Haque: Yes, but the headline index is still very strong. So it came in at 57.9 which is just slightly lower than 62 which was the reading in June. But again as you are heading into the summer you would expect activity in the construction sector to fall because they have actually got additional restrictions on the hours that could be worked. So I suspect again that there is some seasonality in that. Having said that, optimism in that sector as well remains exceptionally high. Employment continues to rise there as well. So I think it remains, and probably will remain one of the main drivers in the Dubai economy for the rest of the year as well.
GNJ: What was the most surprising finding in the survey?
Haque: We don’t really forecast this survey because you know we don’t really have any other indicators of what’s going on in Dubai’s economy. I guess I’m actually quite pleasantly surprised that the index is still quite robust in the terms of the level of output. I mean we were in the middle of June, we had Ramadan starting the middle of the year, we’ve got really shorter working hours and generally it’s the slow season in terms of people going home for holidays and things like that. Yet, the activity growth seems to be quite strong across all the big sectors in Dubai. Overall the expansion and the level of optimism was certainly very surprising on the expectations side. So I think that probably for us that was the biggest surprise, because it says that over 12 months in the year businesses in Dubai are very very optimistic about the prospects for growth.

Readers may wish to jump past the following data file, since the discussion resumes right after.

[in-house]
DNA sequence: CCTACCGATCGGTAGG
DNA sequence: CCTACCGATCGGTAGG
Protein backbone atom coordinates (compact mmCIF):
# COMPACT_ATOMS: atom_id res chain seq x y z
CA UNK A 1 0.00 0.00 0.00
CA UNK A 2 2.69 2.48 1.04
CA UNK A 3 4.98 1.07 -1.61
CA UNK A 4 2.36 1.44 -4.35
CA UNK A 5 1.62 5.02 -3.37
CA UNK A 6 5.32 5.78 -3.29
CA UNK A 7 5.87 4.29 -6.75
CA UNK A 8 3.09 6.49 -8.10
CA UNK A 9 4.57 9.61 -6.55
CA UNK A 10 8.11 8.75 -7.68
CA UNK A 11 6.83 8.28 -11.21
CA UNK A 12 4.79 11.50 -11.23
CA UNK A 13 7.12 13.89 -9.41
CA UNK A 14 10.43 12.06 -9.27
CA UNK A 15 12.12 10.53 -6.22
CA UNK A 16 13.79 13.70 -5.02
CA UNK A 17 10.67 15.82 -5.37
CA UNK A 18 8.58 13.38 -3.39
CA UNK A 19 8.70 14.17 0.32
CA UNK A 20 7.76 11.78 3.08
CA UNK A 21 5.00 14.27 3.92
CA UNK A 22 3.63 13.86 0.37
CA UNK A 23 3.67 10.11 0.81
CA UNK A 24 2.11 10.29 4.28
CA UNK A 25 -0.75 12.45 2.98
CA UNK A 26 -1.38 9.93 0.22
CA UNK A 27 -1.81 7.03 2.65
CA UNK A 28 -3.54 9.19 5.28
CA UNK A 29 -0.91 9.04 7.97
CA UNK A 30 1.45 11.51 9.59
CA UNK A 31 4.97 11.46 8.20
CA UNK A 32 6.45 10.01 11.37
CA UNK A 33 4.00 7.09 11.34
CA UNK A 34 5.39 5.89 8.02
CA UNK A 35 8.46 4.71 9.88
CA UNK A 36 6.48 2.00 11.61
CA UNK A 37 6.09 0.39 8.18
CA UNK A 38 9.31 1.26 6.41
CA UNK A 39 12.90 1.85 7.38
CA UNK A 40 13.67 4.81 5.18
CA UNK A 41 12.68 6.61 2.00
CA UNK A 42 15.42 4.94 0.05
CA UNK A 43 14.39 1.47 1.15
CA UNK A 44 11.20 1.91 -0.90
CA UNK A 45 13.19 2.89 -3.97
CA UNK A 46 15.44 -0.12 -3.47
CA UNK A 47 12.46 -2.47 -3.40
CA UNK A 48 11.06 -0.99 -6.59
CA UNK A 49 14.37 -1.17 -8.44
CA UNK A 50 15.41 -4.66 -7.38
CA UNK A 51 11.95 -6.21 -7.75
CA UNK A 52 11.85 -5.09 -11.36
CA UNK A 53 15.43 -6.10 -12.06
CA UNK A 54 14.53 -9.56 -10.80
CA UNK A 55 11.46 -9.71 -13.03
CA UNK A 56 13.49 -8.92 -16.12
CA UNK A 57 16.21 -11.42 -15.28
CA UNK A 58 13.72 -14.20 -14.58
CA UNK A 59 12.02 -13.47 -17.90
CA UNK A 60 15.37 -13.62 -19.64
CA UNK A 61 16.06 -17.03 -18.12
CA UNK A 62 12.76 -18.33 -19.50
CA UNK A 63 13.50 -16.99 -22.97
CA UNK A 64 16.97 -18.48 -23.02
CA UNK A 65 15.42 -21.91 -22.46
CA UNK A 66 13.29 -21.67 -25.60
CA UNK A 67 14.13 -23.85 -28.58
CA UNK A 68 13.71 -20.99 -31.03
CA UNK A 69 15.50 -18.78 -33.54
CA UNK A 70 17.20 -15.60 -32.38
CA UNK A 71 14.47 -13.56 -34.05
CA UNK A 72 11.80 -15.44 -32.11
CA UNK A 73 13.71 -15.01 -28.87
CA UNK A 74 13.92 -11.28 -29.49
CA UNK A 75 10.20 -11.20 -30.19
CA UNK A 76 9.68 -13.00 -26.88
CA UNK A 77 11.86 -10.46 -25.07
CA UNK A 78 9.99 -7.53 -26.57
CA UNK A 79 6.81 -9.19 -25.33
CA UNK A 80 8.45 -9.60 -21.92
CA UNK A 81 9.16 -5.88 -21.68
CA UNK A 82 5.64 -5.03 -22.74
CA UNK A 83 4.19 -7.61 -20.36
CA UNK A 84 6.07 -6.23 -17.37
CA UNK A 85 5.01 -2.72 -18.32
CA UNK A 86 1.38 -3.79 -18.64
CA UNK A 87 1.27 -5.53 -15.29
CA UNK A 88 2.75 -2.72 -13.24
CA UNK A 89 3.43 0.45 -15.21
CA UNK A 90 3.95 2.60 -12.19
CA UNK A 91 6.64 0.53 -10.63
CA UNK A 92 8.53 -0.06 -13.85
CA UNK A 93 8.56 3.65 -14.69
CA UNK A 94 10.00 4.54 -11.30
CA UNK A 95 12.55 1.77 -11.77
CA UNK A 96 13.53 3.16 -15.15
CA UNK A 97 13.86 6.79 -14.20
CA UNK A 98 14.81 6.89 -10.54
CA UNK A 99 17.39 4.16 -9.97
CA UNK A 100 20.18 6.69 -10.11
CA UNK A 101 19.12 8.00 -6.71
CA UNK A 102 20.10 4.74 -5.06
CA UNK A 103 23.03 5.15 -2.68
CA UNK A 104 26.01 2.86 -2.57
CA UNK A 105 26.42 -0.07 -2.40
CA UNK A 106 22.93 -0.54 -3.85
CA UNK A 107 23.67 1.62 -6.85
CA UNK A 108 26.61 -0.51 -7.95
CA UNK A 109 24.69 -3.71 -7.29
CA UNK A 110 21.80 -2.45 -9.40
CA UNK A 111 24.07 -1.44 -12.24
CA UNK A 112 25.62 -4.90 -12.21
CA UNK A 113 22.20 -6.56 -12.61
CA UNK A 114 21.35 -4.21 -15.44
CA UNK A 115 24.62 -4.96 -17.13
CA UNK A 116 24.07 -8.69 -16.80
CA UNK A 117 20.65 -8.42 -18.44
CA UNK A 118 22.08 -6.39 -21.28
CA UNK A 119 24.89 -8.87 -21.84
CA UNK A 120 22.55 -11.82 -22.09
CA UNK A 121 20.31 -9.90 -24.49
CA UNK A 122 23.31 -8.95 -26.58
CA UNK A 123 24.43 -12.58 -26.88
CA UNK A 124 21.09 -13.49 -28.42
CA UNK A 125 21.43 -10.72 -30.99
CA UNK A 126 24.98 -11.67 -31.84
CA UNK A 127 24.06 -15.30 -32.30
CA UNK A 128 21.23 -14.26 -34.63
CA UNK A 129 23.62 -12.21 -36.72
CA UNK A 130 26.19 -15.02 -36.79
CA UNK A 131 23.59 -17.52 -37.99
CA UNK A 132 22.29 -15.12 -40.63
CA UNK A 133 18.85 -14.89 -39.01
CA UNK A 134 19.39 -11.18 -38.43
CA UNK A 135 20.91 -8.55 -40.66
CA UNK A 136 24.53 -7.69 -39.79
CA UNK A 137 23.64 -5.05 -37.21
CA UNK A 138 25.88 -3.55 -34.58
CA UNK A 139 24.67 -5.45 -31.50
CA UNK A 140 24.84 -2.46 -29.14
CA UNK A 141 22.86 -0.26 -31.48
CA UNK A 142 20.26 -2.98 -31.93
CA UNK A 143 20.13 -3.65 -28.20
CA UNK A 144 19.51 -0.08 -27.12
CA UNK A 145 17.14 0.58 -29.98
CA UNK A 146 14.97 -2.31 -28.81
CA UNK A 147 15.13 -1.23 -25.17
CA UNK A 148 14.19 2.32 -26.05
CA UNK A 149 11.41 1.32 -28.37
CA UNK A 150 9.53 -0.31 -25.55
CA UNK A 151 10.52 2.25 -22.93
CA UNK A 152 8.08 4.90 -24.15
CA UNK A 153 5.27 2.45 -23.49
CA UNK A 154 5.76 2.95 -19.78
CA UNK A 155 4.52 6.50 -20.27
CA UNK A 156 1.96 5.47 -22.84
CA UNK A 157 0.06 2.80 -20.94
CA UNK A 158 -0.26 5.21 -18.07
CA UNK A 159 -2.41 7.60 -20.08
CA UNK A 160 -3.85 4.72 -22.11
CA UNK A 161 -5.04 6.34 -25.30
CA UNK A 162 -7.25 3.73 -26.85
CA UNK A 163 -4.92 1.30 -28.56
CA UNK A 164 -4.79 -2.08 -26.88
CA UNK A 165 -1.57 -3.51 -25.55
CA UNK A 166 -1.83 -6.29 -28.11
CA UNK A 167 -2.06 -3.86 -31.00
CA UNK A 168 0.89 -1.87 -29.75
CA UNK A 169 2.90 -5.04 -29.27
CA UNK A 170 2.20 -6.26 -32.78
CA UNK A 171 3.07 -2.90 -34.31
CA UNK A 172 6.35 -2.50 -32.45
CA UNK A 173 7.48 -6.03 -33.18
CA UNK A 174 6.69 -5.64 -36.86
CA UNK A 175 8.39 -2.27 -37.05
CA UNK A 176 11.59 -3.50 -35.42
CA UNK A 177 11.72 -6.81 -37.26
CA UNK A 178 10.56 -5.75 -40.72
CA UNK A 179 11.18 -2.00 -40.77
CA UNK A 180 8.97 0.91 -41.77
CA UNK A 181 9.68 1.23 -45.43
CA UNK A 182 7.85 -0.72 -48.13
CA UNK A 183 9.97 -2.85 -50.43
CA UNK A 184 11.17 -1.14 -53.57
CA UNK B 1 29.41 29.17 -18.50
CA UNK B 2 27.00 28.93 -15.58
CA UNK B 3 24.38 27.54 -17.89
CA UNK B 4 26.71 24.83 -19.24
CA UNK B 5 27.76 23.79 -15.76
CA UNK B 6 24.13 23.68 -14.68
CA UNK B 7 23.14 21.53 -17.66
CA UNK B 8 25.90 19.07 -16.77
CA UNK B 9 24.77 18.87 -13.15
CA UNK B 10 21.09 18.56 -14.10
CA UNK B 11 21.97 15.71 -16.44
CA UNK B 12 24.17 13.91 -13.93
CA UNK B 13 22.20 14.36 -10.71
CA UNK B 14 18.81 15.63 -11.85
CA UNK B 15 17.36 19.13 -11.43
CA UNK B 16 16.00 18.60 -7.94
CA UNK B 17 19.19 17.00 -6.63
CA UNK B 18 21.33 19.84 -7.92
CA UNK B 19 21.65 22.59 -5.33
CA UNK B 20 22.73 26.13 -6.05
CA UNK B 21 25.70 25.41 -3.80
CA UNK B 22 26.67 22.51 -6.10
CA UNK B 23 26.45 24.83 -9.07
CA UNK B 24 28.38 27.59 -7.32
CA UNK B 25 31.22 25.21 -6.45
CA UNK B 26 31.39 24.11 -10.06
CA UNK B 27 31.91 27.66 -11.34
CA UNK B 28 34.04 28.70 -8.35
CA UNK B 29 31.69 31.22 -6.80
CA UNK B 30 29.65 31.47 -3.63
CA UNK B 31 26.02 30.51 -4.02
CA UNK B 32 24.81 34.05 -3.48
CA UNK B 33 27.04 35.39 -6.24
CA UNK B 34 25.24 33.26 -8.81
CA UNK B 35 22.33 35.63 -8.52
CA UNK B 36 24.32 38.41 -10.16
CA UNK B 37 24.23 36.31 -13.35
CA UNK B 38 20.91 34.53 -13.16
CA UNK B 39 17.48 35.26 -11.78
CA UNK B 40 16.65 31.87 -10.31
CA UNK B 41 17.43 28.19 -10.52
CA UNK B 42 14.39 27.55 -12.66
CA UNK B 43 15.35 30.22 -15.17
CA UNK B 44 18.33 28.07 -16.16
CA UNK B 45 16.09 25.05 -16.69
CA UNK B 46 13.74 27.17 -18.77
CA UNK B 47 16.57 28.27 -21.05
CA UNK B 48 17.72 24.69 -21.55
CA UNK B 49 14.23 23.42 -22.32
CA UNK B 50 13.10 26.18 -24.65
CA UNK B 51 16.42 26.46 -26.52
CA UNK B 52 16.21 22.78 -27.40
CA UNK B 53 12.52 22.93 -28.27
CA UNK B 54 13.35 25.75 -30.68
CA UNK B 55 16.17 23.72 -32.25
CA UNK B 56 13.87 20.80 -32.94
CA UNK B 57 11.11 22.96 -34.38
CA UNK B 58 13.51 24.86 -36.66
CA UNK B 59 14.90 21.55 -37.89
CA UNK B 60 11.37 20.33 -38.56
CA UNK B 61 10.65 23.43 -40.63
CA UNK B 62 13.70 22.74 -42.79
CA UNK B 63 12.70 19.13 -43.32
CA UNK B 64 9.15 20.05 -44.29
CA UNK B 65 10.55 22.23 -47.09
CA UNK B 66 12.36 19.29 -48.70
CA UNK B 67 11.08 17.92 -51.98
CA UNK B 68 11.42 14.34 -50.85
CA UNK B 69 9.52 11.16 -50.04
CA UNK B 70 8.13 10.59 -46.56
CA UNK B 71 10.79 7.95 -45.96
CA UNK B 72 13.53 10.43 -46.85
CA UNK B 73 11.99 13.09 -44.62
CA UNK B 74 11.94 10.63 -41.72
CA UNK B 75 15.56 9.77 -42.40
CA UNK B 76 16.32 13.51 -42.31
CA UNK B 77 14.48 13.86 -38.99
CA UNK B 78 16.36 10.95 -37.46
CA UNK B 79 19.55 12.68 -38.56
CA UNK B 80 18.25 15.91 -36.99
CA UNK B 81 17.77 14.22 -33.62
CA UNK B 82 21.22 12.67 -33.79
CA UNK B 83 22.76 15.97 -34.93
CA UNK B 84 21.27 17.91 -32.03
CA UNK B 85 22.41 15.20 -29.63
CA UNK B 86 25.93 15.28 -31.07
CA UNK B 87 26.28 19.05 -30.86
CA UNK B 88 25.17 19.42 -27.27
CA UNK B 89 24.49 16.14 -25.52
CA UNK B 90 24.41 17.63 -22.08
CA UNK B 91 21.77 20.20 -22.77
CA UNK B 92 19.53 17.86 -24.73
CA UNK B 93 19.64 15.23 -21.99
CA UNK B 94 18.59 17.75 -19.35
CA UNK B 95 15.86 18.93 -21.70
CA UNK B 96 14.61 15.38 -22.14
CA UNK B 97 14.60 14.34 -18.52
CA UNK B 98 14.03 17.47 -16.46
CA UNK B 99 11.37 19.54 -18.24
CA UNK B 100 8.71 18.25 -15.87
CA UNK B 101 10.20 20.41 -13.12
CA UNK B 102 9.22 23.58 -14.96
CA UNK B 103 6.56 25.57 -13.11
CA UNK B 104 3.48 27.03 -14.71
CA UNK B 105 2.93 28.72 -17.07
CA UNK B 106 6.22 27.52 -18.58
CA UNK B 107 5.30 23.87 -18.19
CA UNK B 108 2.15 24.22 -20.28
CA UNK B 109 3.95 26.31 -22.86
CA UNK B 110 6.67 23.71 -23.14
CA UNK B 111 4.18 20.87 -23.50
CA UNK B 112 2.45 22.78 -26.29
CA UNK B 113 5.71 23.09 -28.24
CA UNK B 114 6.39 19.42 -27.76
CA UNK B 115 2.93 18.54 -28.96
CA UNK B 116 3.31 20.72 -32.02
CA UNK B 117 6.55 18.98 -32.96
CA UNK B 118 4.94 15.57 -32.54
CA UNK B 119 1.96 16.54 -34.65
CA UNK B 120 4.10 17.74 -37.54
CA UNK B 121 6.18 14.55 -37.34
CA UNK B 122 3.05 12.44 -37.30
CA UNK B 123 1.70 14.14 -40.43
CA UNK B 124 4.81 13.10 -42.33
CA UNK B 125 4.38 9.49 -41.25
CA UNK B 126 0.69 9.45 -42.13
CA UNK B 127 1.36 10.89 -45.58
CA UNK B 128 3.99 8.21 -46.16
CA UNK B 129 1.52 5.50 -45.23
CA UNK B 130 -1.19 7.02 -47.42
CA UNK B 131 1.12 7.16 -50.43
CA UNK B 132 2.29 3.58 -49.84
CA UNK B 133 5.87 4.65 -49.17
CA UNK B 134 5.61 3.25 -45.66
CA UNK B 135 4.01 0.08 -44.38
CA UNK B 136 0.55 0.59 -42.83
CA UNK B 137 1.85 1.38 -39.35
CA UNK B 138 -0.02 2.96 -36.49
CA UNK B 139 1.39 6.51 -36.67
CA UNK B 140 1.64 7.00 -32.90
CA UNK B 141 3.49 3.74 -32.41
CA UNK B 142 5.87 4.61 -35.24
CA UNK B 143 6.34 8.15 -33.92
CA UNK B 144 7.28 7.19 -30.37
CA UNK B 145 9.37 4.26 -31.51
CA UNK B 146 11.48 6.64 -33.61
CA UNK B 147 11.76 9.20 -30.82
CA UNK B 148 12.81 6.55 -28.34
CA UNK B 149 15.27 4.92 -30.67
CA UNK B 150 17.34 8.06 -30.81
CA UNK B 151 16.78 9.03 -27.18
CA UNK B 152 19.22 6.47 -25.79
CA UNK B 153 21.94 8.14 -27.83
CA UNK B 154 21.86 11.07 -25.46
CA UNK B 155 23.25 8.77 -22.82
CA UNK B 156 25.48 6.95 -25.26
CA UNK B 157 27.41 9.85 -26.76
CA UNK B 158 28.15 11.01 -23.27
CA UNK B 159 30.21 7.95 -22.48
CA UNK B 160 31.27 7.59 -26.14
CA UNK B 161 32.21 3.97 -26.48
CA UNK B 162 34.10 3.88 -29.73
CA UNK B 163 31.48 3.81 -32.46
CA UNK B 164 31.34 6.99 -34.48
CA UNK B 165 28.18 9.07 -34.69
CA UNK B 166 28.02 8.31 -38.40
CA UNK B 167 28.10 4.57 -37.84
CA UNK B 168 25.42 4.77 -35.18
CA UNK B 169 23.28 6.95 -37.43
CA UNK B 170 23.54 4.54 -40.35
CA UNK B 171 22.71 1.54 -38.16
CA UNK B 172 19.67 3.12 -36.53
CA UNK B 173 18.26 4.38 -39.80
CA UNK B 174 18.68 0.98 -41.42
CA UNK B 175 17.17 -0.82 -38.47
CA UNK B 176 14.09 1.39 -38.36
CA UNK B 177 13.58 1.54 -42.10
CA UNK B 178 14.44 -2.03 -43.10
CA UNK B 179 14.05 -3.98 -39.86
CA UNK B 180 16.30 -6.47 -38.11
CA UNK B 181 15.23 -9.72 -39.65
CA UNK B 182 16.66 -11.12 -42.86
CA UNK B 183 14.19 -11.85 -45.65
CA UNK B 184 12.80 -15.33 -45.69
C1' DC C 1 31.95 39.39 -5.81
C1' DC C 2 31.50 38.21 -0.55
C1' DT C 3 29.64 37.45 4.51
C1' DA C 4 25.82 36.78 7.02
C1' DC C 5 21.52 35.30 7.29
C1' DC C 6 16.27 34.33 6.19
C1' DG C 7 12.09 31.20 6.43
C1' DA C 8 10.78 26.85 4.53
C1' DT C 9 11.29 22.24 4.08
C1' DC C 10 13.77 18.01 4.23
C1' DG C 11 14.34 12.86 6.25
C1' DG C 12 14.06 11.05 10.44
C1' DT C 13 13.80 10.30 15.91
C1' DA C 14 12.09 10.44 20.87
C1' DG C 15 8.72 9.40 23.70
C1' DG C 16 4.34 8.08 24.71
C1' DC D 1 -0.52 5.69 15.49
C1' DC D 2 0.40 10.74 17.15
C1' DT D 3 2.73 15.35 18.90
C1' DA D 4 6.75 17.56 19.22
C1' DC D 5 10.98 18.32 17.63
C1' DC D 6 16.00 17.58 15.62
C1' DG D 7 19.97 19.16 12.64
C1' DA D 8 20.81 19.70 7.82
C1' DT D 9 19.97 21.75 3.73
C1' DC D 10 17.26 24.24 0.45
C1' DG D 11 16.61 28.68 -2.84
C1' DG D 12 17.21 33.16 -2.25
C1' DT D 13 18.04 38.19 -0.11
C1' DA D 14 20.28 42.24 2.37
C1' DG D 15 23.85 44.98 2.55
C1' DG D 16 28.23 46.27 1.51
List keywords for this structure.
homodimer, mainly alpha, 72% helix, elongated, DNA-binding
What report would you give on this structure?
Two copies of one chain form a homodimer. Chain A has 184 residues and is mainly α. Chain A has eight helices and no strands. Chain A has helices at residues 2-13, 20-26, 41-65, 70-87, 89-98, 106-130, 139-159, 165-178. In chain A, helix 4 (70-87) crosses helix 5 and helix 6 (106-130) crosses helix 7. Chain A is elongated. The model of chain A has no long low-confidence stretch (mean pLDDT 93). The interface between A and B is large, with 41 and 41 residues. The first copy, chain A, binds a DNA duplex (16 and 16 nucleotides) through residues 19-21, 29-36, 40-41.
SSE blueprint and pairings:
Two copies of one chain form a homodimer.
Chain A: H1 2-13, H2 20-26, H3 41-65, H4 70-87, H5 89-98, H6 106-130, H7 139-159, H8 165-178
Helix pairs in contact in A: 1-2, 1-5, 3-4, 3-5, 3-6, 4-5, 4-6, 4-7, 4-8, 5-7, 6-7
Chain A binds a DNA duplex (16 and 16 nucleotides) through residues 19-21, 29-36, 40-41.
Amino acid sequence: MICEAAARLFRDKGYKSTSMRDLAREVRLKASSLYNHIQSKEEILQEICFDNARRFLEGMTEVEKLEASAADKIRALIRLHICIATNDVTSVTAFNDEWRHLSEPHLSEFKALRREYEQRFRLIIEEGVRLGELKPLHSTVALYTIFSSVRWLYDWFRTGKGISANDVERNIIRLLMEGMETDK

GNJ: Is there anything worrying that you have found?
Haque: I guess there’s nothing overly concerning because there’s nothing in the series that is really contracting except for prices. Output prices particularly in the wholesale and retail sectors are below the 50 readings and that really says that businesses in that sector are having their margins squeezed, because even as input prices might be rising they’re not really able to pass that on to consumers. So their margins are under pressure. Again, you could say that they’ve enjoyed several years of quite healthy margin growth so you know it’s very difficult then to maintain that indefinitely. And perhaps this is a normal business cycle, and they are feeling the pinch in terms of their margins.